Three major airlines have decided to not mandate COVID-19 vaccines for their employees but are implementing incentives to encourage those who haven’t yet rolled up their sleeves to do so, such as paid time and cash.
Delta, American Airlines and Southwest Airlines have all decided against mandating vaccines for their crews but "strongly encouraged" them, straying away from airlines such as Frontier and United Airlines which announced vaccine mandates for employees earlier this month.
American said that they will offer any employees who proactively decide to get the COVID-19 vaccine an additional day off in 2022 and $50 through its employee recognition program, the airline told FOX TV Stations.
Delta noted that vaccines will be required for new hires but that current employees will not be mandated to get them. The airline has been offering paid time off, cash prizes and travel prizes for any current employees who do decide to get their shots.
Southwest Airlines plane.
"Nearly 75% of our employees have been vaccinated and the rate continues to climb," Delta told FOX TV Stations.
Southwest also continues to "strongly encourage" their employees to get the COVID-19 vaccine but will not be mandating them, nor has the company made public whether or not it will offer incentives.
Meanwhile, United Airlines announced on Aug. 6 it will be requiring all employees to get the COVID-19 vaccine before Oct. 25.
United officials called their decision a matter of safety and cited "incredibly compelling" evidence of the effectiveness of the vaccines.
"We know some of you will disagree with this decision to require the vaccine for all United employees," CEO Scott Kirby and President Brett Hart told employees. But, they added, "the facts are crystal clear: everyone is safer when everyone is vaccinated."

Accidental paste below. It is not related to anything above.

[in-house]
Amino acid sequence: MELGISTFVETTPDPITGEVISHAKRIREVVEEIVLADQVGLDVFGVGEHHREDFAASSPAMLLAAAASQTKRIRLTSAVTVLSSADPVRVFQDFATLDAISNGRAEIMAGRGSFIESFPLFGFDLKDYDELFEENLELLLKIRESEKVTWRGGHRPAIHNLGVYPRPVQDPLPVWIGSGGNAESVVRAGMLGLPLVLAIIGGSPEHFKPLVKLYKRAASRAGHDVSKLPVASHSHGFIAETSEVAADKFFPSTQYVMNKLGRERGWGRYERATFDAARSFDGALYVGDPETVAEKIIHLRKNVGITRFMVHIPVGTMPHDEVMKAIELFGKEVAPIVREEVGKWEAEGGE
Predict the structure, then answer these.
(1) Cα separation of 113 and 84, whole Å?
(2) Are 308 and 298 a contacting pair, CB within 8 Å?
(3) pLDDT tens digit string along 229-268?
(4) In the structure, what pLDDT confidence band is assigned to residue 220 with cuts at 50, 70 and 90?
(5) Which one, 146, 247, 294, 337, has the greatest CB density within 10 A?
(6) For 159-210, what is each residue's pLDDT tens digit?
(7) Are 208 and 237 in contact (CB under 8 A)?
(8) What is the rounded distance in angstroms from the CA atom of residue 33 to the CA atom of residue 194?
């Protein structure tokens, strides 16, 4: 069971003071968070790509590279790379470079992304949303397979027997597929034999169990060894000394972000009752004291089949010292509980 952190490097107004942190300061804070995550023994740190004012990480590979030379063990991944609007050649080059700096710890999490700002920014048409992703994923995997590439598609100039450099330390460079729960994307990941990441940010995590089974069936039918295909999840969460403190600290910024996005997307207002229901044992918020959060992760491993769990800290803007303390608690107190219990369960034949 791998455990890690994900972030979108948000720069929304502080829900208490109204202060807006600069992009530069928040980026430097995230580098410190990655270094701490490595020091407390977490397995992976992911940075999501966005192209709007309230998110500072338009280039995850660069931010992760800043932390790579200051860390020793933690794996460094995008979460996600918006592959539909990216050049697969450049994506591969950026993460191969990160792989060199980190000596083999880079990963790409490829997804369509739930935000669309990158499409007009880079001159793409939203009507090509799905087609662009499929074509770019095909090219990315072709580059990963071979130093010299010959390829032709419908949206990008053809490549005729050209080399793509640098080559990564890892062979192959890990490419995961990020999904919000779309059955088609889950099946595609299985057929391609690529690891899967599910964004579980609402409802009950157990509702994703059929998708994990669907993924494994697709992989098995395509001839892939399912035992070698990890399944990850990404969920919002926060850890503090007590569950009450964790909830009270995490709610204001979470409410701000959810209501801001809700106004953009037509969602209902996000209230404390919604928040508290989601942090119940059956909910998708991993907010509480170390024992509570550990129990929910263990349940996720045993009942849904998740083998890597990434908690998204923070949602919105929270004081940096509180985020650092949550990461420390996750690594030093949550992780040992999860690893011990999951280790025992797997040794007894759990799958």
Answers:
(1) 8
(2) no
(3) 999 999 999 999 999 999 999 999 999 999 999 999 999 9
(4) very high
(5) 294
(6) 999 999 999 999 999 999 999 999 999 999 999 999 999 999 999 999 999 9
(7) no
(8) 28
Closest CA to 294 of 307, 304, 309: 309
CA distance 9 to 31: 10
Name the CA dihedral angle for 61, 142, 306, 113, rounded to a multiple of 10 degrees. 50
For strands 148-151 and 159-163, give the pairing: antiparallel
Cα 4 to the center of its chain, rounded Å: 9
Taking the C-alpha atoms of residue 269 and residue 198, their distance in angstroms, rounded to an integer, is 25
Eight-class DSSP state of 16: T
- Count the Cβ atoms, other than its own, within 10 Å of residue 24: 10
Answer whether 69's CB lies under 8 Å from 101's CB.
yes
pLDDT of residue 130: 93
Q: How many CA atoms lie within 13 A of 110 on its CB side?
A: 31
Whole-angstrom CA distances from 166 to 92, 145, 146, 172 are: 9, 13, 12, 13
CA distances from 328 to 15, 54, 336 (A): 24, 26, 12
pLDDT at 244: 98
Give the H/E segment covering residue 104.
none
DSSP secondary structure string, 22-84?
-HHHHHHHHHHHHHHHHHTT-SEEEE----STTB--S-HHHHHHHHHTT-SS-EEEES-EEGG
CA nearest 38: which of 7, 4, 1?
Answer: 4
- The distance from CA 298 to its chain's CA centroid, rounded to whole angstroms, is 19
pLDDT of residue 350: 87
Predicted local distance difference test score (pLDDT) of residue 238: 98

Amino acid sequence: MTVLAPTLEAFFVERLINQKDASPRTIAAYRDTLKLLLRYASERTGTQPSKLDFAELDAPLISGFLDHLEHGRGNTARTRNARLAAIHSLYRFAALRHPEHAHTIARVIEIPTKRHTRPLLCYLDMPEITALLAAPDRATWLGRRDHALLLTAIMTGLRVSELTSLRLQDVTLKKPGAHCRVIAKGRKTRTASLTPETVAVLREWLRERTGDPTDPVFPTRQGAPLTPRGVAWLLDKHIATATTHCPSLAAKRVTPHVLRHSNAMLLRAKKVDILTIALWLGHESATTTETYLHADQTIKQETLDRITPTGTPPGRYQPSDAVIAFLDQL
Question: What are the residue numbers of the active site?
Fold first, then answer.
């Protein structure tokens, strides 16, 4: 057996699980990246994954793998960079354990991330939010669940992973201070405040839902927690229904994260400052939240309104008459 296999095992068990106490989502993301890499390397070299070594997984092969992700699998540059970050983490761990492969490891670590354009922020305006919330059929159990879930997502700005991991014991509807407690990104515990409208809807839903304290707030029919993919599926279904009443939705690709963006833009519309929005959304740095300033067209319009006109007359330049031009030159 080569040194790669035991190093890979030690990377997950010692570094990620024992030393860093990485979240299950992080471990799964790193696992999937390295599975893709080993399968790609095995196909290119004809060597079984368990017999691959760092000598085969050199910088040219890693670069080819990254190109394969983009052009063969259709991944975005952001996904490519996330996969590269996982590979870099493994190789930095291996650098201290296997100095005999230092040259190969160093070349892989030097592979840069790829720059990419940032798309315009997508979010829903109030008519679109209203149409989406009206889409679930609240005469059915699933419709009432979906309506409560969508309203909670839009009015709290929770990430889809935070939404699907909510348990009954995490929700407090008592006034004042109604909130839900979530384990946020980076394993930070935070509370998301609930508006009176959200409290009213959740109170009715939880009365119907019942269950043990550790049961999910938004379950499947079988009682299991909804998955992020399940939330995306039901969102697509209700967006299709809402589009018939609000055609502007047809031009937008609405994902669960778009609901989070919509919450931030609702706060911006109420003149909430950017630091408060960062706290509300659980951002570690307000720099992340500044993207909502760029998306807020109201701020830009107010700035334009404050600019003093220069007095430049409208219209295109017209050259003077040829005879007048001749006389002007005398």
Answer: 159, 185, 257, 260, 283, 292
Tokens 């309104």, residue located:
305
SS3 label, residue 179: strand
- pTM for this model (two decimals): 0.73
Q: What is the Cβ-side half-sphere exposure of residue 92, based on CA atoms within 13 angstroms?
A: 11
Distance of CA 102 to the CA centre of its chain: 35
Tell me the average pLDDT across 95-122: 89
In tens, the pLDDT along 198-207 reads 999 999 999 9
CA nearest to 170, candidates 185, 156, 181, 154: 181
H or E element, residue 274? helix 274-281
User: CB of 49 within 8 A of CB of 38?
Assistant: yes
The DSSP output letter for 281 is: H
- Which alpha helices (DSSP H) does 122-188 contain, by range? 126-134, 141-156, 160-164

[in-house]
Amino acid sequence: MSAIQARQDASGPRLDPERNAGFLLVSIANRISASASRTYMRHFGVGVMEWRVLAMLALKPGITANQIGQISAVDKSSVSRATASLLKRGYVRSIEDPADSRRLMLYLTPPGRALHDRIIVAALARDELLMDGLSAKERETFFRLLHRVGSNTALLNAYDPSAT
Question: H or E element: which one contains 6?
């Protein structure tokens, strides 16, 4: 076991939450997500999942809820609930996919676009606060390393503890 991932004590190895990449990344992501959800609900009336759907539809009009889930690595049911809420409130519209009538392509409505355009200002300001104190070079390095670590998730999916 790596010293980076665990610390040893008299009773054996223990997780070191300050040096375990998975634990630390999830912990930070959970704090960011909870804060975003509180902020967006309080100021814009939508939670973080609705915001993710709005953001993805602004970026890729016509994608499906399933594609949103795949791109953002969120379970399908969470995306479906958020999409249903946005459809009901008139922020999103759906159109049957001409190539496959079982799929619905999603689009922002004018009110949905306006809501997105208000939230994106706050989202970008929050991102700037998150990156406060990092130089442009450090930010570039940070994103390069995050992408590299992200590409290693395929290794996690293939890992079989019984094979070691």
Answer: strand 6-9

United, which has 67,000 employees in the United States, has required new hires to be vaccinated since mid-June. Unvaccinated workers have been required to wear face masks at company offices.
The Chicago-based airline estimates that up to 90% of its pilots and close to 80% of its flight attendants are already vaccinated. They have gotten incentives to do so.
A United executive said the airline has no plans to require that passengers be vaccinated, calling that a government decision. And the mandate won’t extend to employees at smaller airlines that operate United Express flights.
United told U.S. employees that they will need to be fully vaccinated by Oct. 25 or five weeks after the Food and Drug Administration grants full approval to one of the vaccines — whichever date comes first. The FDA has only granted emergency-use approval of the Pfizer, Moderna and Johnson & Johnson vaccines, and the agency is currently reviewing Pfizer’s application for full approval.
Frontier Airlines followed suit and announced that it will require employees to be fully vaccinated by Oct. 1 or face "regular" testing for the virus.
The U.S. requires people entering the country, including U.S. citizens, to show proof of a negative COVID-19 test, and the Biden administration plans to require non-U.S. citizens to be vaccinated before entering the country. Some countries require visitors to be vaccinated or test free of the virus to avoid quarantines.
Since the highly contagious delta variant became the leading strain of COVID-19 in the U.S., most airlines have said ticket sales haven’t been affected. However, Frontier Airlines executives blamed the variant for weaker bookings earlier this month.
Before the United announcement, Disney and Walmart announced vaccine mandates for white-collar workers, and Microsoft, Google and Facebook said they will require proof of vaccination for employees and visitors to their U.S. offices.
On Aug. 3, Tyson Foods announced it will require all U.S. employees to get vaccinated by November — notable because, unlike the tech companies, Tyson relies on many lower-paid workers who cannot do their jobs remotely.
A few state governments are getting involved in vaccine mandates. California and New York City will require employees to be vaccinated or face weekly testing, and the California mandate extends to workers in public and private hospitals and nursing homes.
Further, some big companies including Amazon have delayed reopening offices, which will likely push back any significant recovery in lucrative business travel. Starting Monday, Amazon will be requiring all of its 900,000 U.S. warehouse workers to wear masks indoors, regardless of their vaccination status.
The new policies come as the U.S. struggles with a surge in infections. The seven-day average of newly reported coronavirus cases has jumped, averaging about 108,000 new infections a day. The seven-day average for deaths rose from about 270 deaths per day two weeks ago to nearly 500 a day as of Aug. 6, according to Johns Hopkins.
The Associated Press contributed to this report.